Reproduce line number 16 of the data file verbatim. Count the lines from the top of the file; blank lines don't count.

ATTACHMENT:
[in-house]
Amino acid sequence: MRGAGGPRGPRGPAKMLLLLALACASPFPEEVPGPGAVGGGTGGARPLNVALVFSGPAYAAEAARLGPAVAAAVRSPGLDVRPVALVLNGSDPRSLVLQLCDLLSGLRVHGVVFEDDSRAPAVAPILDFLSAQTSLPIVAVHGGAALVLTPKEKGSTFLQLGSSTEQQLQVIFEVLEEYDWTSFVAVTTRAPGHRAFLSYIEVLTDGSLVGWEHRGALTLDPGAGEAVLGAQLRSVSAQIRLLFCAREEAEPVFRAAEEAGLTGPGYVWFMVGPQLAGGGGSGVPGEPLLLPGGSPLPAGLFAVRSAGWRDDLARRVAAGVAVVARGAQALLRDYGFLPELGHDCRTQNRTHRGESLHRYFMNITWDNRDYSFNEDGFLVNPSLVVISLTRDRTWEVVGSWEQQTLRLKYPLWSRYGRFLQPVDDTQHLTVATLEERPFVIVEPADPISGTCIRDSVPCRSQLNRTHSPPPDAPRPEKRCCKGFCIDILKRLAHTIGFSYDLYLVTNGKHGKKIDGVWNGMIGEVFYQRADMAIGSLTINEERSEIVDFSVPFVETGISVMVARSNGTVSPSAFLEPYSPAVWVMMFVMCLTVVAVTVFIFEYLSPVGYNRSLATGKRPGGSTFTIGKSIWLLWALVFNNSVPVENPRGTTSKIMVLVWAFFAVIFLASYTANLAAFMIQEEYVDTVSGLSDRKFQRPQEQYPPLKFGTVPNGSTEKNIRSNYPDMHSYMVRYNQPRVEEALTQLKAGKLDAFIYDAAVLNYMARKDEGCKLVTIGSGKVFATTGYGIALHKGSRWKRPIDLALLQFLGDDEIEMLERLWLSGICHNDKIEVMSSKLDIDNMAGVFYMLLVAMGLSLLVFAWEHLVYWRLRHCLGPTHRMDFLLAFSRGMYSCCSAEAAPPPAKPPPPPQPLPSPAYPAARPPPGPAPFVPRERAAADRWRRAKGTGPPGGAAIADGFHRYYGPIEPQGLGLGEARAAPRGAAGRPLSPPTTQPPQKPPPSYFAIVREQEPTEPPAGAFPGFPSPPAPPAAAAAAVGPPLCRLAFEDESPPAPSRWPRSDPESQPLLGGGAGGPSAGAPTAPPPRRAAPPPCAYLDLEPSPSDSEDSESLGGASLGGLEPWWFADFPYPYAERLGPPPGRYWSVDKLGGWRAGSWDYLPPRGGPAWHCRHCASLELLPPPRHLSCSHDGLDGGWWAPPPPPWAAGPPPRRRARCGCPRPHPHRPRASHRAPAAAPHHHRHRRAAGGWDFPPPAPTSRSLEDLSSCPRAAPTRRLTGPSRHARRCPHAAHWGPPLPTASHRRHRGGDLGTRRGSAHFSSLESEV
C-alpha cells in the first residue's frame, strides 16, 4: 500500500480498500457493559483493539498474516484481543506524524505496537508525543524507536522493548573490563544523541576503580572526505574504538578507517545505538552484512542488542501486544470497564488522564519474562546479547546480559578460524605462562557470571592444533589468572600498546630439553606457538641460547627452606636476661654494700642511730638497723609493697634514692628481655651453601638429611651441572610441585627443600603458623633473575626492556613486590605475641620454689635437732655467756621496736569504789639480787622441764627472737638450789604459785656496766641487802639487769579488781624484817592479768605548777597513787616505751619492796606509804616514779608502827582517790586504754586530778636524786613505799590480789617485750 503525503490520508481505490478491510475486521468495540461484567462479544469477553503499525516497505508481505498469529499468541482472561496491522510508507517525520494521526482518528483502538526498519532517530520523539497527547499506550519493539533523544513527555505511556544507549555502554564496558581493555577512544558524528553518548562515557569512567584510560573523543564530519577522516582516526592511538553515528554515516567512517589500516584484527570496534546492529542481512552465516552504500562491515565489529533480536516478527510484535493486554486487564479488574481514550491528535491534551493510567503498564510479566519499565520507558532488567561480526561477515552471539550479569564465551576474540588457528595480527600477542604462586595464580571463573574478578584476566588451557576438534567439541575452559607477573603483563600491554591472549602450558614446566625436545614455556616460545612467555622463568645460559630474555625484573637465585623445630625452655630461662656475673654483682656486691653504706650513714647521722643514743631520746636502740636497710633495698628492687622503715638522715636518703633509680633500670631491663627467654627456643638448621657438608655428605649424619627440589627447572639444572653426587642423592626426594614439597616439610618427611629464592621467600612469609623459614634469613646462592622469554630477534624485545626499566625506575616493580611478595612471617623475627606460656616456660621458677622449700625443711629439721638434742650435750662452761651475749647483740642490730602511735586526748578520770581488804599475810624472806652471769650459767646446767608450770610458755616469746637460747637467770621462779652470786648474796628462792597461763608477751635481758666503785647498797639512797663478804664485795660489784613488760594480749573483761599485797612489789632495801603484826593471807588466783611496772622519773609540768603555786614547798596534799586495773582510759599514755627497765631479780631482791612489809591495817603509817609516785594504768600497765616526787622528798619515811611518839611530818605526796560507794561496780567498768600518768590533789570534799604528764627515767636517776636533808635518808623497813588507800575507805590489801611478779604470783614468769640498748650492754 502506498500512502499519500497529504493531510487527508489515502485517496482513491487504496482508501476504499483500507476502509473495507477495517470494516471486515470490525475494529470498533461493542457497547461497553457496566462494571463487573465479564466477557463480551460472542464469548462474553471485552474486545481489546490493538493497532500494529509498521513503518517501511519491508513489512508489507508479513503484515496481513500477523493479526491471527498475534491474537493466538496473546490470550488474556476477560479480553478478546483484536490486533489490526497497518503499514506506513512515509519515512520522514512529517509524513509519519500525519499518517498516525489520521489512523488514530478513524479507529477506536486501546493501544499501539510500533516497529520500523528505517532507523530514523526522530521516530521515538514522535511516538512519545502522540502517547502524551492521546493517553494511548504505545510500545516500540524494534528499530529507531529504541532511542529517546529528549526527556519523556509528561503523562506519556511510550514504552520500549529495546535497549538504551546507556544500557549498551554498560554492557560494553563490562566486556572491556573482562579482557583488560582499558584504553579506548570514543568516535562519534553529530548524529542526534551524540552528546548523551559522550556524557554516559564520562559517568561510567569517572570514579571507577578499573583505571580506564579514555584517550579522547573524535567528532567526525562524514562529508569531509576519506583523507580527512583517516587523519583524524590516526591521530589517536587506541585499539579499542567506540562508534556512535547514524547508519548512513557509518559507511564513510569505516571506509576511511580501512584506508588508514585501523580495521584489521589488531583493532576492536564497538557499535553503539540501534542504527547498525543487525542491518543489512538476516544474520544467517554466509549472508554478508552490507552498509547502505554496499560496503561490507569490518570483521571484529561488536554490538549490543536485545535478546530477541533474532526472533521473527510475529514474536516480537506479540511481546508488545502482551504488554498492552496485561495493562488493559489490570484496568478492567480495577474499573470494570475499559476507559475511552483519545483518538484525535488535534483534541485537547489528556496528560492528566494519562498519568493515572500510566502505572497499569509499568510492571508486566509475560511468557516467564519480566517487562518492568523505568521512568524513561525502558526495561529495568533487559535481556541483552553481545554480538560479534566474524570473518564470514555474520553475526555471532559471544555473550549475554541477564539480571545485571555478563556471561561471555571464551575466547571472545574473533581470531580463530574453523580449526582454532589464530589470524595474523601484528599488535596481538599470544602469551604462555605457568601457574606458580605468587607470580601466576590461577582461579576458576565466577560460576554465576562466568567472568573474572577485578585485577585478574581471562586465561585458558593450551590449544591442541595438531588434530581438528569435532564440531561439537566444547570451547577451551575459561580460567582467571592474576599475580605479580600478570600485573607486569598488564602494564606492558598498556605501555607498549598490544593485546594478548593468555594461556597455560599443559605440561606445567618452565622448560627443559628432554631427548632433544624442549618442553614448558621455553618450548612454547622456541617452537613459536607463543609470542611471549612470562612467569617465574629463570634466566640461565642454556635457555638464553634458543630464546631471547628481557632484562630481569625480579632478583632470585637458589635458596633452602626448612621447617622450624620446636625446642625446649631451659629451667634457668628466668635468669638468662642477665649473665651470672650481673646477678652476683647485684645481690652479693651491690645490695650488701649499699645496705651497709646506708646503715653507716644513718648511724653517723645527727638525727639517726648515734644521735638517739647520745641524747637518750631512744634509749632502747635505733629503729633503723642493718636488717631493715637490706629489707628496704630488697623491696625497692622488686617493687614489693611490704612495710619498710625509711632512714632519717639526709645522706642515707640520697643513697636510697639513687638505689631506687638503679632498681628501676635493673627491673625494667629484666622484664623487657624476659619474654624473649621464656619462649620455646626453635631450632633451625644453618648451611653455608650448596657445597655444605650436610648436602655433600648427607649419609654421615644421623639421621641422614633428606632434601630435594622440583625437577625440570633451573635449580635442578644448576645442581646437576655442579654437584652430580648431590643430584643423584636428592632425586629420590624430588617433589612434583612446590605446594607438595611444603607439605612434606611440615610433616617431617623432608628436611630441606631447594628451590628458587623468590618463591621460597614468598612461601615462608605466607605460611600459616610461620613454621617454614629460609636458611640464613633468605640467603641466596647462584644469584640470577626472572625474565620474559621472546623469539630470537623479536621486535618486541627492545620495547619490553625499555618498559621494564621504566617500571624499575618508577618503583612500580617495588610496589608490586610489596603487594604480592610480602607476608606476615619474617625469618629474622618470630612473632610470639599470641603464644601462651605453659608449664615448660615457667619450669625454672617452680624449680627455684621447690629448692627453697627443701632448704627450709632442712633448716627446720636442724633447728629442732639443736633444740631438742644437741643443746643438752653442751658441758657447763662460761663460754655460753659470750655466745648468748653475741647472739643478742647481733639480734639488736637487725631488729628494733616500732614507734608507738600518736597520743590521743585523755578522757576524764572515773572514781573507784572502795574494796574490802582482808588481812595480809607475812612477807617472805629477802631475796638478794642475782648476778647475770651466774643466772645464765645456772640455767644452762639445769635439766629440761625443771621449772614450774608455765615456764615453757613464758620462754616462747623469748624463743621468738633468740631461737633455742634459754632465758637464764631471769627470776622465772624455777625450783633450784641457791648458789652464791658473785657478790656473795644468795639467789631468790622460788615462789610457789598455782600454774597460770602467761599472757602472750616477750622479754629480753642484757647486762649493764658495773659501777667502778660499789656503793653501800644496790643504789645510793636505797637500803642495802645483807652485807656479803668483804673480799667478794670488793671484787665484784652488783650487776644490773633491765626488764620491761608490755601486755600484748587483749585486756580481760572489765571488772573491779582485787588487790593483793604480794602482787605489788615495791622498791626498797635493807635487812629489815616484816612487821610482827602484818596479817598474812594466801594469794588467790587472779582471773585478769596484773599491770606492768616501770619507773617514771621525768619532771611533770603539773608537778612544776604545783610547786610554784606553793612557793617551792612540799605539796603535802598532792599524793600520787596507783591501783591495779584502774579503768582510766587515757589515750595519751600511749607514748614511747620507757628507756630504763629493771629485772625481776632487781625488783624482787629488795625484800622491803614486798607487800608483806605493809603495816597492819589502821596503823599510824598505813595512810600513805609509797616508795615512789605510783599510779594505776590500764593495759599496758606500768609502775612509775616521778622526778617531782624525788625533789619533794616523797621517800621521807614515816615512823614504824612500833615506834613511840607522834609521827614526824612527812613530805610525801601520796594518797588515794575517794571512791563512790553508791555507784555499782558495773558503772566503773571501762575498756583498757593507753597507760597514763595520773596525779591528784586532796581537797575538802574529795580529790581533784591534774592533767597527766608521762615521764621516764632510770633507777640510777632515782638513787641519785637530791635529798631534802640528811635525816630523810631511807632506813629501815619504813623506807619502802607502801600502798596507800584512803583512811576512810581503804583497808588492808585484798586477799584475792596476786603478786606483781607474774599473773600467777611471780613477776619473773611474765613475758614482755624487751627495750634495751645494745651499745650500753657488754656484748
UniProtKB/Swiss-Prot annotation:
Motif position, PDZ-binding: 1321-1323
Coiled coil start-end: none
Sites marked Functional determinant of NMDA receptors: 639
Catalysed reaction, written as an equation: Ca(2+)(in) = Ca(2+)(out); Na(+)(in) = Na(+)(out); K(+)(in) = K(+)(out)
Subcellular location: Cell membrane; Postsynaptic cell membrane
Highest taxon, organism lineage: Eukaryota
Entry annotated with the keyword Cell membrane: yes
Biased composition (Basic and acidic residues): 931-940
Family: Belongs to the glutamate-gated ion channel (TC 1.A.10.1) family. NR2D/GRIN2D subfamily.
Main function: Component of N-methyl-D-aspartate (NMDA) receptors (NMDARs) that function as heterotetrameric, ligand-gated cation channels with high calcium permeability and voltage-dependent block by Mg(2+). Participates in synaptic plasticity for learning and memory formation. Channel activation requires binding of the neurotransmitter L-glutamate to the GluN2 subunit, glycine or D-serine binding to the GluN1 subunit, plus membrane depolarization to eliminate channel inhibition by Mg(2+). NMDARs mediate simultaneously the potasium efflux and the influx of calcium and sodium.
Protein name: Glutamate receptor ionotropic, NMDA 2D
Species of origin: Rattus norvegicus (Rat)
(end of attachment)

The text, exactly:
Species of origin: Rattus norvegicus (Rat)